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I have been getting pretty geeky lately and was talking to somebody about computers, PC vs Mac, Windows vs OS 10 (or whatever Macs run), and some other random computer topics. He swears by Linux and claims it were possible to run it on his work computer he wouldn't even mess with windows.

I have been doing a little research on it and it looks cool as hell, but defintely doesn't look like something a rookie would jump right into. Questions:

-Does anybody run it?

-What is the upside?

-What is the downside?

-Should I take a class or buy a book before getting into it?

=There seem to be a shit ton of different programs to run with it (or on it); anyones that are a must have or ones to stay away from? Thanks....:thumbsup:
 

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When you talk to Linux guys they tend to be a little more geeky than the rest of us and swear by it to the point where they have a sincere hate towards Bill Gates. The problem is they tend to be more knowledgeable to make things work compared to the normal computer guru. It's something you have to be committed to and spend the time and research. It's not windows where there's plug and play everywhere, but I believe it's a great OS but what you loose depends on what you do on the computer or want to accomplish. I'll let the others with more experience with Linux based systems answer those questions but be prepared to learn if you go that route.:wink:
 

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I run a dual boot system on my main machine and run Linspire(one of the many versions of Linux) however it is still very limited as not many people write marketable software for it, it takes a while to load but once it has it is blindingly fast.
 

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FAF is spot on. Linux (or any flavor of Unix) is very reliable and very stable. Problem is it hasnt really gone main stream because of devolpment for things that the average joe likes. Games and what not. I used to run Red hat about 8 years ago on a 98 dual boot machine. I've since moved on, not much has changed though. To give you idea at just how stable linux is. M$ changed to "kernal" based OS (Win XP) because they saw how stable linux is..Linux uses and has always used a Kernal Based system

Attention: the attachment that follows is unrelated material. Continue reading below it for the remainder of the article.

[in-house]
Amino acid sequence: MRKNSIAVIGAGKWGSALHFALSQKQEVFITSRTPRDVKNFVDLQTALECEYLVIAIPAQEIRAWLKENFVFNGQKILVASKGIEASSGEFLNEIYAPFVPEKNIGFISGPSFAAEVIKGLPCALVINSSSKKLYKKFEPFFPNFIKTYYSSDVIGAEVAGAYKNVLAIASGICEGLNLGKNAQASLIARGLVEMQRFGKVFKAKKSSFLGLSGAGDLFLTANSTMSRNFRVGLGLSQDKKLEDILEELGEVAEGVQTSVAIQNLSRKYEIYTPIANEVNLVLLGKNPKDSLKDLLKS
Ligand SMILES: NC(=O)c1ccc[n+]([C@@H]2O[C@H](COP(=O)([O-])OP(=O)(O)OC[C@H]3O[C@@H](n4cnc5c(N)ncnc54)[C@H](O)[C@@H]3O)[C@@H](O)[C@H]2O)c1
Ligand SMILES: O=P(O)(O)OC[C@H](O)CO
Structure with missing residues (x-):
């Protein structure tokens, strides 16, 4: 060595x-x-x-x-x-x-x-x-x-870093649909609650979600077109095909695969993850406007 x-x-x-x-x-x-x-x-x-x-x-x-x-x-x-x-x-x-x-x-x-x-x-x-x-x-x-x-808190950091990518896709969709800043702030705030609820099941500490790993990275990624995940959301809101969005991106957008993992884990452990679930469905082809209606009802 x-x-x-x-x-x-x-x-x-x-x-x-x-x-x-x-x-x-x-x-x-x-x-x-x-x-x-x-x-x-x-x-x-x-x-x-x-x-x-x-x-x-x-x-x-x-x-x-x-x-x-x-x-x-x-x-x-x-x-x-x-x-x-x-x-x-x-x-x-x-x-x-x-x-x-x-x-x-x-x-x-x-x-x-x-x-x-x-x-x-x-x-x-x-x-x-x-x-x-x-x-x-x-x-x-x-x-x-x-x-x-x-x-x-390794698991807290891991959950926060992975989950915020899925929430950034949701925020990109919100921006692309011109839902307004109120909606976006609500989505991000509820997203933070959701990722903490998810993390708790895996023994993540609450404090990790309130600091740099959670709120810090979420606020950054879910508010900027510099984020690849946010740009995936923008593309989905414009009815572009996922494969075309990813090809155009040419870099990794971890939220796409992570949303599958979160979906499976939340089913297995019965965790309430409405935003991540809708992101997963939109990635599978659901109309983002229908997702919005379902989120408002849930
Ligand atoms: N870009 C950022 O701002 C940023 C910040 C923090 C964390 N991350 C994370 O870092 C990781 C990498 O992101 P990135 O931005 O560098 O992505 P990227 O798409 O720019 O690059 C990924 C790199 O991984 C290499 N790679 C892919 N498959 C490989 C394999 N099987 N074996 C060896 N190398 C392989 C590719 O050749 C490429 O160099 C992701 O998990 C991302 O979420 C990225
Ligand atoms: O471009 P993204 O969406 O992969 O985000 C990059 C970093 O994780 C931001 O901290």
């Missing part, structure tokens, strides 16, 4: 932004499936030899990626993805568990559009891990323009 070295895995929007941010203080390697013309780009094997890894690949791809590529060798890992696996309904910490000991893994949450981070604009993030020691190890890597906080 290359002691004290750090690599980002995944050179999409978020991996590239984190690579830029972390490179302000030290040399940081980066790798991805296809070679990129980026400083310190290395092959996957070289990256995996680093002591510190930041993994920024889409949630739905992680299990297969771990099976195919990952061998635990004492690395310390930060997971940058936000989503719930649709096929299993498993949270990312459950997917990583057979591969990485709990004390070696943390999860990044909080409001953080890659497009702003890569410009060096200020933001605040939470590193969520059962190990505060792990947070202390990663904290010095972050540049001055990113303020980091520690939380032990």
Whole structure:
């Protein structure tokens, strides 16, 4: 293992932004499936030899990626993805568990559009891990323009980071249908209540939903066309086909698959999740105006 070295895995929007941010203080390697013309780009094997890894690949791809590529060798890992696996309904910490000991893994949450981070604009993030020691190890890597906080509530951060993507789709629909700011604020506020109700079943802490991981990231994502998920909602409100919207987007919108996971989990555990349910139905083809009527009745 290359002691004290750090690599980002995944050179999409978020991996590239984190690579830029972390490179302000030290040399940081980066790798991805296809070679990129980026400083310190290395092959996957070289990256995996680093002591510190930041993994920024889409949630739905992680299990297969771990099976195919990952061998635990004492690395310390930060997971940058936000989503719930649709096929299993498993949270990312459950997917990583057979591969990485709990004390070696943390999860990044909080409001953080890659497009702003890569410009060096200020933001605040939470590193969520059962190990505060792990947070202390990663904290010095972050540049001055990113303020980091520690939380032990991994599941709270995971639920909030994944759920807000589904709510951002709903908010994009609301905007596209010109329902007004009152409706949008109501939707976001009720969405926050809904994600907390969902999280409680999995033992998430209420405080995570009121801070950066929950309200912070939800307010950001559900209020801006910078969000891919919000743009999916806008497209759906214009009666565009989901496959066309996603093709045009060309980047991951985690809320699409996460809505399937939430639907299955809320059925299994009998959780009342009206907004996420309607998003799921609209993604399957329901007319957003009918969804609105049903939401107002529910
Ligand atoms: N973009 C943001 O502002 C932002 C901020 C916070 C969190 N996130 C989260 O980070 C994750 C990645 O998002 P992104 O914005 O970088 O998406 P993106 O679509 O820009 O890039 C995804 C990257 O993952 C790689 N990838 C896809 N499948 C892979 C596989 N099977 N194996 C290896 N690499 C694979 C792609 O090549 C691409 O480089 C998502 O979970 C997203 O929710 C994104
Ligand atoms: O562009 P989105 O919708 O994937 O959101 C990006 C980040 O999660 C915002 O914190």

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mozilla firefox is linux based....thats why its better'n IE7.

You can get linux to boot and run from a burned cd, all for free. I'd try that first....get the hang of it, then install it to your hard drive if you like it.
 

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get a boot-CD version such as mandriva or knoppix that way you dont have to install it. just boot from CD.

This is a great way to learn - no books - just play around on it!
 

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Lots of people run Linux. It is great for servers and workstations.

The upside is that its open-source meaning it doesn't cost anything to run it. There are many different flavors of linux. "Linux" is actually the name of the underlying kernel. Companies such as RedHat, Ubuntu, Debian, etc all just package that with other utilities and programs to create their distribution.

The downside is that Linux is inherently a complex operating system and is command-line based. You can get programs such as X to run on-top of it to create a GUI similar to how Windows is. For a server you don't need a GUI which means less overhead, memory usage, cpu usage, etc.